NEWS FOR SMART DATA-DRIVEN AUGMENTED CREATIVE PEOPLE
Hi Folks – Welcome to your latest dose of luxury reading for smart, data-driven, augmented, creative people.
As Always, Change the World! Brendan Harkin
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“The world of the future will be an even more demanding struggle against the limitations of our intelligence, not a comfortable hammock in which we can lie down to be waited upon by our robot slaves” Norbert Wiener, The Human Use of Human Beings: Cybernetics and Society.
Speaking of automation, here’s a great explanation of how IBM Watsom uses video processing, voice-to-text, and concept extraction to make video automatically searchable using the TED talks as an example. (Vid: 4:36) Meanwhile at Facebook, “We think video understanding is going to be ridiculously impactful, because if you go back in time and you think about the News Feed — even before photos were that prevalent — it was mostly text, and so that was the content you needed to understand in order to rank [people’s feeds],” says Joaquin Candela, Director of Applied Machine Learning. “We’re at a point now where we’re pretty good at understanding photos, but now there’s video,” Candela added. “You even have live video, and the question becomes, well, how fast can you figure out what’s going on in this video?” I’m sure there will no privacy issues or concerns. One example he gives is identifying Facebook users “at a rally” in real-time. Nothing to worry about there, right?
Not to worry, the FCC just made it legal for your ISP to sell your search history to anyone. Expect to see databases of online gamblers, porn users, ecommerce users by volume or segment, and so on all for sale to whoever wants to buy them – with every kind of segmentation: age, zip code, gender, etc. Wonderful. ISPs can also sell any information they want from your online activity and mobile app usage — financial information, medical information, your children’s information, your social security number — even the contents of your emails. They can even sell your geolocation information. That’s right, ISPs can take your exact physical location from minute to minute and sell it to a third party. So, here’s how to encrypt your entire life in less than an hour, and here’s to install a VPN for free in ten minutes (and why you urgently need one) – thanks to QuincyLarson at freecodecamp.com. Or this simple browser extension that makes it much harder to build a profile about you.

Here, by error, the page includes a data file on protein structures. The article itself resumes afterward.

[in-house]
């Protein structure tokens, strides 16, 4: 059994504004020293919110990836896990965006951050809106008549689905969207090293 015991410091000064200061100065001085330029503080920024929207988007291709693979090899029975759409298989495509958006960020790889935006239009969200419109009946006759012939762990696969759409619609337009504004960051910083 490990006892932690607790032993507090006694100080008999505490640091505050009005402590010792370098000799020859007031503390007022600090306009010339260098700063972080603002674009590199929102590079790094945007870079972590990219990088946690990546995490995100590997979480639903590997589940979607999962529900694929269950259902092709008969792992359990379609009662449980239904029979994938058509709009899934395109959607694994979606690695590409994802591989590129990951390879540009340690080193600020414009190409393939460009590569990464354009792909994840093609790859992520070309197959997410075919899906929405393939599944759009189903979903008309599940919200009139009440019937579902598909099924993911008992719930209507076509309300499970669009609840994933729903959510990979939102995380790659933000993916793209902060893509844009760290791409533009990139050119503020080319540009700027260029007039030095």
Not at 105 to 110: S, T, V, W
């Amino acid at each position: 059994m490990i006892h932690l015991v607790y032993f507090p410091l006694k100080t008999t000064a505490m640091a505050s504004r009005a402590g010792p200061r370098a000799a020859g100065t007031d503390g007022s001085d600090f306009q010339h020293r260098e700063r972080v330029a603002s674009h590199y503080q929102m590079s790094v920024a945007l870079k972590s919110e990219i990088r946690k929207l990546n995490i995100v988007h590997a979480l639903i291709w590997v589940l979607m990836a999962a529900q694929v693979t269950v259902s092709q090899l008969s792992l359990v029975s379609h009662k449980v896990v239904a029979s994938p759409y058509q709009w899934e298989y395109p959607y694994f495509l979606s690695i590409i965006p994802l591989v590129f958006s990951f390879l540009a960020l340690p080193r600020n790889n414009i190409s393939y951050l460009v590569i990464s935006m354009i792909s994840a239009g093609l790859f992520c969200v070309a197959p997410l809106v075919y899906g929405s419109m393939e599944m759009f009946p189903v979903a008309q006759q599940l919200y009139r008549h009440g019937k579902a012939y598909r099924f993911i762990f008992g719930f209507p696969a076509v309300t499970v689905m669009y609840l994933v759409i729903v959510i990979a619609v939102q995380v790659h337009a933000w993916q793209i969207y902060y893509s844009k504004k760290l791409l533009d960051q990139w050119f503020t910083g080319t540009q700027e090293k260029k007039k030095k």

Creative Review has just released an entire issue on AI with beautiful graphics (of course!) and great writing covering all kinds of the relationships between AI, bots, robots, automation and questions of creativity, design, and writing. Highly Recommended.
“Intelligence is composed mostly of imagination, insight, things that have nothing to do with reason” Vivienne Westwood.
As “software eats the world”, governments and new laws will start to become more like writing software — embedded within applications as computer code. As technology evolves, interpreting the law itself will become more like programming software. But there is more to this shift than technology alone. The fact is that law is both deeply opaque and unevenly accessible. The legal advice required to understand both what our governments are doing, and what our rights are, is only accessible to a select few.
Maciej Ceglowski has outlined six privacy rights that web surfers deserve in the age of tracking cookies and programmatic-ad buys. 1) The right to download: you should be able to obtain the information that has been collected about you. 2) The right to delete: you should be able to delete said information from those services. 3) Limits on behavioural data: the number of signals that companies collect on any given web page is shockingly high. 4) The right to go offline: Internet of Things devices like smart TVs shouldn’t need to have internet access to perform basic functions. 5) Less invasive ad-tracking: Ad-tracking, Ceglowski argues, should only be based on the content the ad is placed against, and what the site you are visiting knows about you, and 6) Lastly, there should be legitimate consequences for violating these principles, ones that should make companies fearful of violating them.